Saturday, January 10, 2015

Are You Planning Your Business To Death?

While researching expert opinions on business plans, I came across Chuck Blakeman, author, speaker, and founder of the Crankset Group, who offers a very “un-scholarly” view on the subject. His basic position is that a business plan is a waste of time that would otherwise be spent on getting a business underway; life happens, and the future is not predictable, he says (Blakeman, 2012). I was immediately intrigued for several reasons.

As a graduate business student at Full Sail University, I have spent the last ten months exploring every aspect of a business plan and the methods for properly running a business. To hear an expert say that was a waste of time was a curve ball. Yet, my father, a successful entrepreneur in the transportation sector, concedes that he never created a business plan. He once told me “everything manufactured has to be delivered to its customer” (Beliakoff, personal communication, 1998). Talk about a vision of job security. Unless you own a funeral home, you are unlikely to find a more steady business stream.

To find out what other experts think, I went to my favorite search engine and asked the question: “Is a business plan important?” I was expecting to see all positive results, but of the first ten articles returned, there was one negative from a trusted source,, with the title Why Business Plans Are A Waste Of Time. Author Paul Brown gives three reasons why over-planning and failing to act now could cause your business to fail: No revenue, opportunity cost, and lost time-to-market (Brown, 2013).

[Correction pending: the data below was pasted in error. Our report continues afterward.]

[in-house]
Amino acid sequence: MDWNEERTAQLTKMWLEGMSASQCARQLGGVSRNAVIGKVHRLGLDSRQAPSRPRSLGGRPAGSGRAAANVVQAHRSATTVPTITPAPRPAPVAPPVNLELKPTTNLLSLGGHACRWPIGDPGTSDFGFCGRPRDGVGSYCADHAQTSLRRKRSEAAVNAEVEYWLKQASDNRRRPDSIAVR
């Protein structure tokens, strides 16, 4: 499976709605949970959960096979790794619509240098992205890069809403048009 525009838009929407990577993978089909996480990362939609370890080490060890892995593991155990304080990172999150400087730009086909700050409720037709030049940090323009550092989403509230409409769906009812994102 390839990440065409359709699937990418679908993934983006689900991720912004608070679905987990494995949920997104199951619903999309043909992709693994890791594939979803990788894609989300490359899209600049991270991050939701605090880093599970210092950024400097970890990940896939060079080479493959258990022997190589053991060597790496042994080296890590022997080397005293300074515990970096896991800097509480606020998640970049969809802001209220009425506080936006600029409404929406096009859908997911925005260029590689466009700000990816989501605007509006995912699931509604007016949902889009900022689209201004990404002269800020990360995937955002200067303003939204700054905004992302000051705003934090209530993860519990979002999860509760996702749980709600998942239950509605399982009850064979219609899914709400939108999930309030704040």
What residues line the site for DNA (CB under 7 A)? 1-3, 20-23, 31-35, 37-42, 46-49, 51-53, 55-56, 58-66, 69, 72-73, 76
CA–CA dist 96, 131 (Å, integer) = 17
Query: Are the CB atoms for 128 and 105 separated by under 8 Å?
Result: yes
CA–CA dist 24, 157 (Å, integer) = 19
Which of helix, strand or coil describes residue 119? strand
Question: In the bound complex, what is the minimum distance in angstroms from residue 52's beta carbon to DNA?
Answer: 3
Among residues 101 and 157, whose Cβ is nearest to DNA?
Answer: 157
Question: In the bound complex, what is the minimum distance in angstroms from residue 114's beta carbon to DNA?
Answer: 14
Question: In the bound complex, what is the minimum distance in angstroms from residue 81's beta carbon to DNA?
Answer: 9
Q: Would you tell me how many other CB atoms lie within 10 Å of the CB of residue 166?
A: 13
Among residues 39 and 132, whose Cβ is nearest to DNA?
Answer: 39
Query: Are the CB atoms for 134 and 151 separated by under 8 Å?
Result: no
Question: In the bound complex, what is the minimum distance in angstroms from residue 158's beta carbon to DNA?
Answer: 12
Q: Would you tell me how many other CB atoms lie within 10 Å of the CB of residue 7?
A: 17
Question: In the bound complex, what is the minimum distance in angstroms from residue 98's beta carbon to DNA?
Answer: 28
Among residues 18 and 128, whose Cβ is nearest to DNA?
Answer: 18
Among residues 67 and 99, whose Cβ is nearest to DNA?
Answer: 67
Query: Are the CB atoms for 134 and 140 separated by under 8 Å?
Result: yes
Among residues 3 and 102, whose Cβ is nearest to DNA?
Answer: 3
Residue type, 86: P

I am by no means suggesting that a business plan is not important. There is a critical need to look into the future with as much insight as possible. I am suggesting that entrepreneurs take a moment to assess their product or service and ask themselves whether planning to introduce it is more important than actually leaping into the market. If you offer something unique, do it now. Plan later.

I can say, as a former manager of corporate planning, that the more money you need, the more time you will have to spend putting pen to paper. If you need $350 million to build an ABC, for example, you will have to justify where every bolt will be placed, in a 130-page document. If you need $25 thousand to acquire an XYZ, you might just consult your contact list with a friendly email, or post your business plan on


Blakeman, C. (2012). How: The Worst, Most Asked Planning Question. Retrieved from:

Brown, P. (2013). Why Business Plans Are A Waste Of Time. Retrieved from:

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